Village Phase III Saves Water, Wins Award


Village Phase III Saves Water, Wins Award
A rendering of the third phase of University Village.
Ernie Kawai, associate director of the Cal Poly Pomona Foundation, represented the foundation and University Village at an awards event Sept. 29 at Dodger Stadium.

Opening the third phase of University Village this fall not only added an extra 466 apartment-style bed spaces for Cal Poly Pomona students, but it also allowed the university to incorporate design and construction methods contributing to water conservation efforts.

While building the addition, Facilities Design & Construction suggested to the Cal Poly Pomona Foundation that the design include a unique dual flush water-saving toilet manufactured in Australia. For using the efficient toilets, the Cal Poly Pomona Foundation Inc. was recently recognized by the Metropolitan Water District of Southern California through its Save Water, Save-A-Buck rebate program.

“It is important that we make decisions that not only serve our students well but also protect our environment and sustain our valuable resources,” says Ernie Kawai, associate director of the Cal Poly Pomona Foundation. “The unique Australian-made dual flush toilets used in Village Phase III use only half the amount of water of a conventional toilet and cost less because of the Save Water, Save-a-Buck rebate program. This was an example of a win-win decision.”

The Cal Poly Pomona Foundation was among 32 Southern California businesses honored for their water-saving efforts. All the businesses combined will conserve nearly two billion gallons of water over the next 25 years. The foundation's conservation contribution is 169.2 acre feet of water. An acre foot of water is nearly 326,000 gallons, about the amount used by two families in a year.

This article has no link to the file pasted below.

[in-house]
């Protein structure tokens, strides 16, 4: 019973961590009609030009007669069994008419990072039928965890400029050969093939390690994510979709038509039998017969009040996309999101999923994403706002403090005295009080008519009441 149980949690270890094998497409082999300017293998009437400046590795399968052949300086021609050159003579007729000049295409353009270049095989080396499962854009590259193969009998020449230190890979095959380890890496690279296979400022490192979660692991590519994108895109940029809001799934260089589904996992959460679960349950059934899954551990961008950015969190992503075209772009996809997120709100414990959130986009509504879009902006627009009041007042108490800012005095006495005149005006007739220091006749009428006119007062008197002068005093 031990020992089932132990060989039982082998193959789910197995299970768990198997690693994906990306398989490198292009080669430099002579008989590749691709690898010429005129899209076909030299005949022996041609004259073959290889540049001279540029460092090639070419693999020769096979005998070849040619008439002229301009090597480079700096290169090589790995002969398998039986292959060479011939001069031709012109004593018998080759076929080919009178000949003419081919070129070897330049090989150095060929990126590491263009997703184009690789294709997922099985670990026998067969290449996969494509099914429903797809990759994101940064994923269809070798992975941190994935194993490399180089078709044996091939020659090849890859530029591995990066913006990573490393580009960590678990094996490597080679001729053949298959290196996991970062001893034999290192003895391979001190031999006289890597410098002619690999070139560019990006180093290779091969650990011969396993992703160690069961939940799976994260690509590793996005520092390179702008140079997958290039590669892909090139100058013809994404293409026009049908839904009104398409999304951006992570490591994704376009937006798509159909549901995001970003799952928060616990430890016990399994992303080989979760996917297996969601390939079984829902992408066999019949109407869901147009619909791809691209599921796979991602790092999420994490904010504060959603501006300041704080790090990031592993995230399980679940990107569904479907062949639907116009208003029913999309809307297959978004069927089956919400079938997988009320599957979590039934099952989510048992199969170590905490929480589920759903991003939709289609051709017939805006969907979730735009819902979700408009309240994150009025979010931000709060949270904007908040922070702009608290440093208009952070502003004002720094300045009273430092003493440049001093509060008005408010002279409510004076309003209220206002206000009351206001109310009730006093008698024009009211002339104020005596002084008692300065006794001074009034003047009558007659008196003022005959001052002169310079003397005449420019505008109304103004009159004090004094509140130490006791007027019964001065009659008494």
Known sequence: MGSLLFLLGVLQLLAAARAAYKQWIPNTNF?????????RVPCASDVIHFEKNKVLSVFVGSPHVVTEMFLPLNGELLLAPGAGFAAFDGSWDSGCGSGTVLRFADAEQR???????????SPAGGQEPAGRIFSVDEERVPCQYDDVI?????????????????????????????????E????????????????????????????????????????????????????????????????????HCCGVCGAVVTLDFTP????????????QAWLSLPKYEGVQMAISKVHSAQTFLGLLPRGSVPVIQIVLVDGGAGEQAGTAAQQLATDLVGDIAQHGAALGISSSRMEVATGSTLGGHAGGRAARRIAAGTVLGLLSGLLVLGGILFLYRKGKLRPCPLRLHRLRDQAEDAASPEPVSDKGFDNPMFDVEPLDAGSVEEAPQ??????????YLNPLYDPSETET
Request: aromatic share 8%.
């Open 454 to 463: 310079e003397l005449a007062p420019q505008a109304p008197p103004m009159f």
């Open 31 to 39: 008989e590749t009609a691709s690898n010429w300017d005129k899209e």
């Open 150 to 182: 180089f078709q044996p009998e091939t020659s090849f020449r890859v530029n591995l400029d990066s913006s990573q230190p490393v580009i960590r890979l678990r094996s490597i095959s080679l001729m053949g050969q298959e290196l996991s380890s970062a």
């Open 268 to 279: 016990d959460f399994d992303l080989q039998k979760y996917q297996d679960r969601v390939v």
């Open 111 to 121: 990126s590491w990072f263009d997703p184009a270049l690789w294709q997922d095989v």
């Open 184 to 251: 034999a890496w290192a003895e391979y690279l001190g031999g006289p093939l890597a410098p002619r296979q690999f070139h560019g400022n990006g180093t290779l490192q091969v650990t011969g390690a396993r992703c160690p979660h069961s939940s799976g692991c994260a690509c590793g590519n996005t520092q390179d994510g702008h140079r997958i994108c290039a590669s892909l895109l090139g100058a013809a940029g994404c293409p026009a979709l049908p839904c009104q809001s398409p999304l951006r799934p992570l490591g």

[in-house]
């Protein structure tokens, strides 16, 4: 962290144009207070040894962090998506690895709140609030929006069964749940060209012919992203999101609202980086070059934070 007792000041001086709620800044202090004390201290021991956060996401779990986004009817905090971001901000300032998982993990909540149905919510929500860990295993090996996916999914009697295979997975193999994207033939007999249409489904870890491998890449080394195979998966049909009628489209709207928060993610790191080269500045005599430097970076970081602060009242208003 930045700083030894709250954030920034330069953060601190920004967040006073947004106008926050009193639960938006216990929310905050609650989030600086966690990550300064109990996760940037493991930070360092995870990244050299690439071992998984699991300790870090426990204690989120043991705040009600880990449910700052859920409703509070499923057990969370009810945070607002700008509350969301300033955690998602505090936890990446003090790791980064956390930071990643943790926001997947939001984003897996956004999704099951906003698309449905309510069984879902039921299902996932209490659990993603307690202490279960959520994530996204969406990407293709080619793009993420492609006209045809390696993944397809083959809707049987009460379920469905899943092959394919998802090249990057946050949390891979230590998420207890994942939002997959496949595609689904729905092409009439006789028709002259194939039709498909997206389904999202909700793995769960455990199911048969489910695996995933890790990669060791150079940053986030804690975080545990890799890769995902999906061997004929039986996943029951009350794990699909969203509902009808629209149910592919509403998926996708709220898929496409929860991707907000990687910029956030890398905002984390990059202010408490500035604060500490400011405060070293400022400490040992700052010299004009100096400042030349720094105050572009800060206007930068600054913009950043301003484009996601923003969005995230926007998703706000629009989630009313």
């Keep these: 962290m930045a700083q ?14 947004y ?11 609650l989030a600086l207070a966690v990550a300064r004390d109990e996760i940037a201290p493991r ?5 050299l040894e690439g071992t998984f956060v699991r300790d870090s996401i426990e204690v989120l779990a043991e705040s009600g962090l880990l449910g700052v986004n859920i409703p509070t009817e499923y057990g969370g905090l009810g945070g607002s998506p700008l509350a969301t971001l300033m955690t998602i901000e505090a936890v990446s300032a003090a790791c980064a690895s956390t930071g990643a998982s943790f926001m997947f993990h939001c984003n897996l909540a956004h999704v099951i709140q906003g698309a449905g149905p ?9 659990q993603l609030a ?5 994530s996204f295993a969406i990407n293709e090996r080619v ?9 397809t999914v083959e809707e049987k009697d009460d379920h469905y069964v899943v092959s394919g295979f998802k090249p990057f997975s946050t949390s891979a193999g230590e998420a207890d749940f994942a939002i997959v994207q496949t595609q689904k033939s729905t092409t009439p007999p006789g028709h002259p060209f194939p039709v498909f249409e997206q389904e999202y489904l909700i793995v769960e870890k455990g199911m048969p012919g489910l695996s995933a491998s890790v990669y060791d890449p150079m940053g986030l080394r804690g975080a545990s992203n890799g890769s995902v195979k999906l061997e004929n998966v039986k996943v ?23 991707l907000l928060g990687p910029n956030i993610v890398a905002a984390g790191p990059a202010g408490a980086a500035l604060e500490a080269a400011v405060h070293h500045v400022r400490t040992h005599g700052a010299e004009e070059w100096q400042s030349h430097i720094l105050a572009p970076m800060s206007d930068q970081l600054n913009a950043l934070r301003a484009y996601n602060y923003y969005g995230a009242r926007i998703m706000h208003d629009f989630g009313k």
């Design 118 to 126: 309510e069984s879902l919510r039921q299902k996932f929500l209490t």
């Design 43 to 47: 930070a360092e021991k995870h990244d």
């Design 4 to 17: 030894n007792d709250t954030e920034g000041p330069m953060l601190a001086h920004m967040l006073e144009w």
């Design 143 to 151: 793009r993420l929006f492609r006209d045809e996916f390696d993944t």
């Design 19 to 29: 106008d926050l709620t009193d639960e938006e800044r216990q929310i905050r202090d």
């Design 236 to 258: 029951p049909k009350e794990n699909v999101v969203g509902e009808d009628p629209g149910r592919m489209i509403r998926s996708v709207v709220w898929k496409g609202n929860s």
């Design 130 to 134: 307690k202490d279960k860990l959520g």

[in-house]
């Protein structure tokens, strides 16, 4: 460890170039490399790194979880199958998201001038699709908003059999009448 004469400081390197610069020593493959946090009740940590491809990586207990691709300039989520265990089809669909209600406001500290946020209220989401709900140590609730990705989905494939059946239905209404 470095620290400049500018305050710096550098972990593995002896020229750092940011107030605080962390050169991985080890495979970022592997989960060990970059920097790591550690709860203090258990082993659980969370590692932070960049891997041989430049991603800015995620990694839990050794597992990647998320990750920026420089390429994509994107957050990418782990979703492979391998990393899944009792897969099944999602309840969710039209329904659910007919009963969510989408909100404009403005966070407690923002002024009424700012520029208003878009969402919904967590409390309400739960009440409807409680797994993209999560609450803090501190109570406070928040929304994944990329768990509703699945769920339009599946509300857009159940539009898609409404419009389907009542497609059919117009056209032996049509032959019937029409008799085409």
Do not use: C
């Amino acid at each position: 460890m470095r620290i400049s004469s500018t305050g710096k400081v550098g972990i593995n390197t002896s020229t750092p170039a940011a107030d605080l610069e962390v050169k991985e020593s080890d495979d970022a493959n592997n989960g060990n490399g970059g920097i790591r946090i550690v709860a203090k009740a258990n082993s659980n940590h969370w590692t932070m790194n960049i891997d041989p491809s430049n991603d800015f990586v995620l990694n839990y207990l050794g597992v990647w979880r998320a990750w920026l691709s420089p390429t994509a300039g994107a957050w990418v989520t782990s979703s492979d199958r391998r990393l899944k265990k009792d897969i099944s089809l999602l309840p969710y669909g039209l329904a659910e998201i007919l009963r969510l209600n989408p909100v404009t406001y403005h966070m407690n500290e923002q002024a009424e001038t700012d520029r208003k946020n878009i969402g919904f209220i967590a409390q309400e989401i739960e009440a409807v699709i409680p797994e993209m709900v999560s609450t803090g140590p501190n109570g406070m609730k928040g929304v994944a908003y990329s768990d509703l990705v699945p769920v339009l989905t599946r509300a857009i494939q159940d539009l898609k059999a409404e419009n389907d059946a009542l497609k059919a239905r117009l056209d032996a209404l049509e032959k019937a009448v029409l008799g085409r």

Kawai represented the foundation and University Village at the awards event Sept. 29 at Dodger Stadium. The foundation received a trophy and certificate for its conservation efforts.

“The total savings from these 32 businesses alone represents enough water to sustain more than 11,200 Southland families for one year,” said Greg Kozykoski, project manager for Save-A-Buck program. “Every drop of conserved water is another drop that can be saved for dry times and droughts.  It is certainly more productive and possible for us to find ways to save water than it is to find new water resources,” he said.

The Save Water, Save-A-Buck program spearheads Metropolitan's efforts to promote water conservation in the commercial sector throughretrofits and installations of water-saving devices.